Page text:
Part-time faculty job satisfaction in higher education: A literature review
higher education, part-time faculty, literature
More and more institutions of higher learning are turning to part-time faculty to teach their courses. Every year the percentage of part-time faculty increases, while that of the tenure-track faculty decreases. The most recent report from the Department of Education reveals a steady decline in the percentage of full-time faculty and a steady increase in part-time faculty. In 1970, full-time faculty comprised 77.9 percent of all faculty; in 1980, the percentage dropped to 65.6 percent; in 1991 it dropped yet again to 64.8 percent; and in 2003 to 53.8 percent (National Study, 2005, Table 226). In just 33 years (1970 to 2003), higher education has experienced a 24.1 percent shift away from using full-time faculty toward using more part-time faculty.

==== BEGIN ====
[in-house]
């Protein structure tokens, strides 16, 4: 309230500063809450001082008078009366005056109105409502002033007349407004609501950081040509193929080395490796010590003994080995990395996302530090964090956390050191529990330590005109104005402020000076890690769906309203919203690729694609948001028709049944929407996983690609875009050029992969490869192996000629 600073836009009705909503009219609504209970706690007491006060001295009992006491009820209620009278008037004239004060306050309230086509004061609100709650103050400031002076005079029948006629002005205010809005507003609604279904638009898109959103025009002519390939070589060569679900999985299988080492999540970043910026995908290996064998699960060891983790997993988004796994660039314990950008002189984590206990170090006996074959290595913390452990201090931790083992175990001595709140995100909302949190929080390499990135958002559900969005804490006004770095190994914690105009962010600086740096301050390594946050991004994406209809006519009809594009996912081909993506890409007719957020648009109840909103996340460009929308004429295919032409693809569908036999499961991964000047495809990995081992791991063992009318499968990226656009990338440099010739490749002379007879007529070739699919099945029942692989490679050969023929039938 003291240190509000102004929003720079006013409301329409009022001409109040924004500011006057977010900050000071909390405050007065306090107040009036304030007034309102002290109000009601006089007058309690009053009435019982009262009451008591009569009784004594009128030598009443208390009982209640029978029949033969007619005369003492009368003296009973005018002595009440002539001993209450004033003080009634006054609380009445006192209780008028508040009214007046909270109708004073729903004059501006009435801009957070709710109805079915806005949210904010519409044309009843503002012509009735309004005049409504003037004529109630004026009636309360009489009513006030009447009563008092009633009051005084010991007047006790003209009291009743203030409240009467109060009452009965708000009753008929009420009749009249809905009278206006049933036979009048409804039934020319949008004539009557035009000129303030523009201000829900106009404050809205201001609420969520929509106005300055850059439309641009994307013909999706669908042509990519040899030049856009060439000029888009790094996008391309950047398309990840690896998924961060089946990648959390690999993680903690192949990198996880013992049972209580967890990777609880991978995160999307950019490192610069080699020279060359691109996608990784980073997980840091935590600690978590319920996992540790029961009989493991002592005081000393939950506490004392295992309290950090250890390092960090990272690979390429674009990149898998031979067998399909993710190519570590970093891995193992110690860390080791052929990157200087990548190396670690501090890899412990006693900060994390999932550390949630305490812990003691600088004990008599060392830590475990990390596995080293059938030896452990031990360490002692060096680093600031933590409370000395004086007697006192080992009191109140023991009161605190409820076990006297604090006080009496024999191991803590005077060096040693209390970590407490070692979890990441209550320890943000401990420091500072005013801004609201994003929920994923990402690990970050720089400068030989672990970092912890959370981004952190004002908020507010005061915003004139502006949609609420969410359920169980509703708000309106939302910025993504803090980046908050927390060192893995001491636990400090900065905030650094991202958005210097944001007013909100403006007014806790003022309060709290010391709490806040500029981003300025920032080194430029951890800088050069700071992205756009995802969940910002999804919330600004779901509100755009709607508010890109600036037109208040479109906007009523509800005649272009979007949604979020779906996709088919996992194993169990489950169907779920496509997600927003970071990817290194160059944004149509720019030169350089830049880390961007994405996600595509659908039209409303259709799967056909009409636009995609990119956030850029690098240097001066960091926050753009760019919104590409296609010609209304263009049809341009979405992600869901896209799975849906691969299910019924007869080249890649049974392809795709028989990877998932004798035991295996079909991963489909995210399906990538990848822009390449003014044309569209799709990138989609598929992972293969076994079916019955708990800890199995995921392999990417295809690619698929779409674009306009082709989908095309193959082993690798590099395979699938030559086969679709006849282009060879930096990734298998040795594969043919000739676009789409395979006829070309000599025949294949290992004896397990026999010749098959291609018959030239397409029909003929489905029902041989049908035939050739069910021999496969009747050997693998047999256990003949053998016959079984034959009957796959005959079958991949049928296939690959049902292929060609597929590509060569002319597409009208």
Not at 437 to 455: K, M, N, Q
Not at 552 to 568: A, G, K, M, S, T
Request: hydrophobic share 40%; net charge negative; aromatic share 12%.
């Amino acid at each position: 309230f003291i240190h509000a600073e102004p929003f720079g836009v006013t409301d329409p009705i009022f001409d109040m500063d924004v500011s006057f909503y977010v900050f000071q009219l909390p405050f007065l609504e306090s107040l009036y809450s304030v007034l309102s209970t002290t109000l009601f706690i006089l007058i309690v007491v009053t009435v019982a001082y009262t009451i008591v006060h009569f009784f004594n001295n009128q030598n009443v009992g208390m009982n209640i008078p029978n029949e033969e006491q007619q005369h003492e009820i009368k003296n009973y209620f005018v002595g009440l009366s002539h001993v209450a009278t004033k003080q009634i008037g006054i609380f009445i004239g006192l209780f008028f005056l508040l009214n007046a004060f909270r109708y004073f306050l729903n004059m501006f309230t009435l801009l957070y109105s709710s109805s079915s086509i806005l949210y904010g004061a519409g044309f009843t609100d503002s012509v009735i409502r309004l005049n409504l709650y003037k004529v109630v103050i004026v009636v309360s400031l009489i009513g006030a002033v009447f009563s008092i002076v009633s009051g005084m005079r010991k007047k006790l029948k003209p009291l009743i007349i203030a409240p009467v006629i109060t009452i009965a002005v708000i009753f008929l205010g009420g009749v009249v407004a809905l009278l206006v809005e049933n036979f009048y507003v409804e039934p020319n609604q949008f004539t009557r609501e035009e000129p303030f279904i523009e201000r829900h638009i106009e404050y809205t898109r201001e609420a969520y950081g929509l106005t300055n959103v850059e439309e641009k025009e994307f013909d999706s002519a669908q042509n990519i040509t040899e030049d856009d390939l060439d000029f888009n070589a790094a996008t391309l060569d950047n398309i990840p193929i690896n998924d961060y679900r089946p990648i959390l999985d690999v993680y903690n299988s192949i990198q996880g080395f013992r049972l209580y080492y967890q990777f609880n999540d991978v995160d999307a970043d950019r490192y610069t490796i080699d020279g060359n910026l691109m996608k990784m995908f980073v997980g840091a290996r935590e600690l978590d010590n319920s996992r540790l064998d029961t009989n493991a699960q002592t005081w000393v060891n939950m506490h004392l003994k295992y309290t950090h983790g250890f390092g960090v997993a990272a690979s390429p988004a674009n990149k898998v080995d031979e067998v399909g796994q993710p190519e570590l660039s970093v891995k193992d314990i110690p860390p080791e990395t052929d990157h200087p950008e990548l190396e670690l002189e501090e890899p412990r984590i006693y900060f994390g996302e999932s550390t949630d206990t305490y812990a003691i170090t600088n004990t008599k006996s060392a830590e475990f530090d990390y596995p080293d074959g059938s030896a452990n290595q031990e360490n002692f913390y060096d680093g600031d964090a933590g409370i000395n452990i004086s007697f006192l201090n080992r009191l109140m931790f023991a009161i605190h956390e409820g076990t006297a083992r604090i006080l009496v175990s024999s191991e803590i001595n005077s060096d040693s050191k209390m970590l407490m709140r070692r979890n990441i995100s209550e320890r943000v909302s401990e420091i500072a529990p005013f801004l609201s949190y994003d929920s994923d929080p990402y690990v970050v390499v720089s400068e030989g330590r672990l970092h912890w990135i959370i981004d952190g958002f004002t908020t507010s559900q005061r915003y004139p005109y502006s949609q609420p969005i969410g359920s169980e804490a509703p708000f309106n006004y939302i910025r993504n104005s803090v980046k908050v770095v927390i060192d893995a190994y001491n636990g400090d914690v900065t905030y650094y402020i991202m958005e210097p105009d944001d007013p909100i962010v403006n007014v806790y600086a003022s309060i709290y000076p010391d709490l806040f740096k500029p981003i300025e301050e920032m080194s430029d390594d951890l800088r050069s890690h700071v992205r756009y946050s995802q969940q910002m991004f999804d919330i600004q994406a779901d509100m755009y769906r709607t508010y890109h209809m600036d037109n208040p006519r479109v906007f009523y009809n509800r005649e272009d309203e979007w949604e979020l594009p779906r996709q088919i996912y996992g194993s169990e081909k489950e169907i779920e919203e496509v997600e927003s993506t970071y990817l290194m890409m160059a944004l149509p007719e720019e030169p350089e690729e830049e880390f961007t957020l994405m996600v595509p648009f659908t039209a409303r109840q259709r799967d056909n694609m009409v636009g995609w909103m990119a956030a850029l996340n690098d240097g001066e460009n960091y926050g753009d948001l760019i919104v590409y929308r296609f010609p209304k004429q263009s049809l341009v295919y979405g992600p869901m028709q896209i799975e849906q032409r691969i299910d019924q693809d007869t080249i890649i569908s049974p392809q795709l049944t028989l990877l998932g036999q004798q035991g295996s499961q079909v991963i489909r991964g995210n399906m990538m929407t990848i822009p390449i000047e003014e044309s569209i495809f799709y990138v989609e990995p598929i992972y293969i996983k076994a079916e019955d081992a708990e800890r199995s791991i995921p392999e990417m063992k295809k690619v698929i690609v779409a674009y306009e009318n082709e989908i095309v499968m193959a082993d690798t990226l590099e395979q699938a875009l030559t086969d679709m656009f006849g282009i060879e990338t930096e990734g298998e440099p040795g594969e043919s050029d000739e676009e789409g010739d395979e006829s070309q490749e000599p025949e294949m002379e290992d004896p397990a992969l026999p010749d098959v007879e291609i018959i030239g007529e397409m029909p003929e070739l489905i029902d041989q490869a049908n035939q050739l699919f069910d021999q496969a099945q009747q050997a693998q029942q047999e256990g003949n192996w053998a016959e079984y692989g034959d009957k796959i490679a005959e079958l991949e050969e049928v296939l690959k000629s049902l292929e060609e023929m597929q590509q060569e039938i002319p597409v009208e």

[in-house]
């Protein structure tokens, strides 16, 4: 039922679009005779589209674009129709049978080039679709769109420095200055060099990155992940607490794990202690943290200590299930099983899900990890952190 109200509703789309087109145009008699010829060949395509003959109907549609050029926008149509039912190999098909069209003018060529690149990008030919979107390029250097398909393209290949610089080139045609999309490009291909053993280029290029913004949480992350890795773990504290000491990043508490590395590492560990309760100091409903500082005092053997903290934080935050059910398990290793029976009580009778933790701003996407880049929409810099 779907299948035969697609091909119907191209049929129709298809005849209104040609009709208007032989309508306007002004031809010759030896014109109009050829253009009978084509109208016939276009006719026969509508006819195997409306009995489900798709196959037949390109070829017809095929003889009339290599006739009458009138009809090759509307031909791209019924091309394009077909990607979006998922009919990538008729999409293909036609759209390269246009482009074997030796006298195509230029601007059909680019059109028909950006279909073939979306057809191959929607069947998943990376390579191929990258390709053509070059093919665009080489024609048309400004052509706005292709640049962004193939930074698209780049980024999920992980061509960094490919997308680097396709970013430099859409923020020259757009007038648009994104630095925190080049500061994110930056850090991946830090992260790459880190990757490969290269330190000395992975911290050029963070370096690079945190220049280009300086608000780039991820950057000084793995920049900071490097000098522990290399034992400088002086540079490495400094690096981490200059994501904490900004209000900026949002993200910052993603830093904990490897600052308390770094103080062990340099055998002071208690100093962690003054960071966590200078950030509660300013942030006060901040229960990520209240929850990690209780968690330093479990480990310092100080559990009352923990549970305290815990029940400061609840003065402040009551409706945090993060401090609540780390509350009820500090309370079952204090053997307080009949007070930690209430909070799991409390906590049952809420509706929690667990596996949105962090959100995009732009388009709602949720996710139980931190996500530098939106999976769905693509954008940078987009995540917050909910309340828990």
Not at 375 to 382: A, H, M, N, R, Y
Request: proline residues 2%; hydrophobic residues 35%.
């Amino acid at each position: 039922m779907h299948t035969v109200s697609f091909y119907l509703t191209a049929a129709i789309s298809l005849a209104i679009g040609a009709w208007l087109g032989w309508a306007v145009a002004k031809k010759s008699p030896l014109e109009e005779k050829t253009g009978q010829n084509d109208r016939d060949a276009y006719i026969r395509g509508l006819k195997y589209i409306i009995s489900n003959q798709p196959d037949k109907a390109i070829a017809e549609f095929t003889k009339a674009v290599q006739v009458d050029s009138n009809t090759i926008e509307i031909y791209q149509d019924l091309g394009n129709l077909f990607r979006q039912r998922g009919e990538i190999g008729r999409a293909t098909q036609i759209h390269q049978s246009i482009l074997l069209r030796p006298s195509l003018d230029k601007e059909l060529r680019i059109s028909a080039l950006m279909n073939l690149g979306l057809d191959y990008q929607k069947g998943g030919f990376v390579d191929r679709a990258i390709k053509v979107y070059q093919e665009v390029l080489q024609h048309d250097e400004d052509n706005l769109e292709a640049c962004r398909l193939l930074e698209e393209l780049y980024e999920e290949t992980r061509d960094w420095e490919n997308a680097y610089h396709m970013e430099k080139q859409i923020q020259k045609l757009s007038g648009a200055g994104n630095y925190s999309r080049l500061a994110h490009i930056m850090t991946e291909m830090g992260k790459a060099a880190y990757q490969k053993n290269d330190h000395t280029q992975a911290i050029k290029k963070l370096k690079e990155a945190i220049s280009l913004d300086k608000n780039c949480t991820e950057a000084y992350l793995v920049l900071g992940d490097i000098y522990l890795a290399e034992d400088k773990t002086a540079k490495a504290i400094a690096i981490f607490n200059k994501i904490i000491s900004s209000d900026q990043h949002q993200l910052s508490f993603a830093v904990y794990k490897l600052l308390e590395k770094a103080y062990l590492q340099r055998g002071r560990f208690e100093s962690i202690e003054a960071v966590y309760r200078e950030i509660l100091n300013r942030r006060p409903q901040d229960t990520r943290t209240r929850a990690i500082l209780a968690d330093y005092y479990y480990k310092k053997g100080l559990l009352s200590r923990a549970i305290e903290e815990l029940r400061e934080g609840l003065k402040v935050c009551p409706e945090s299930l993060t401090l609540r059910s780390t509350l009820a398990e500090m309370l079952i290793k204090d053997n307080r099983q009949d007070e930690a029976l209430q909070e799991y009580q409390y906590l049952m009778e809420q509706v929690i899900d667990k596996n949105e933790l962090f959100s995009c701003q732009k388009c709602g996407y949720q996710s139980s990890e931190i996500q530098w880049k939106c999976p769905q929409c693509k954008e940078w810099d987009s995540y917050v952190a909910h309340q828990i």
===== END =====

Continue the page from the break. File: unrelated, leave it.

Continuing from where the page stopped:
Original Publication Citation
Howell, S., & Hoyt, J. (December 19, 2007). Part-time faculty job satisfaction in higher education: A literature review. (ERIC Document Reproduction Service No. ED499387).
BYU ScholarsArchive Citation
Howell, Scott L. and Hoyt, Jeff E., "Part-time faculty job satisfaction in higher education: A literature review" (2007). Faculty Publications. 5751.
David O. McKay School of Education
Instructional Psychology and Technology
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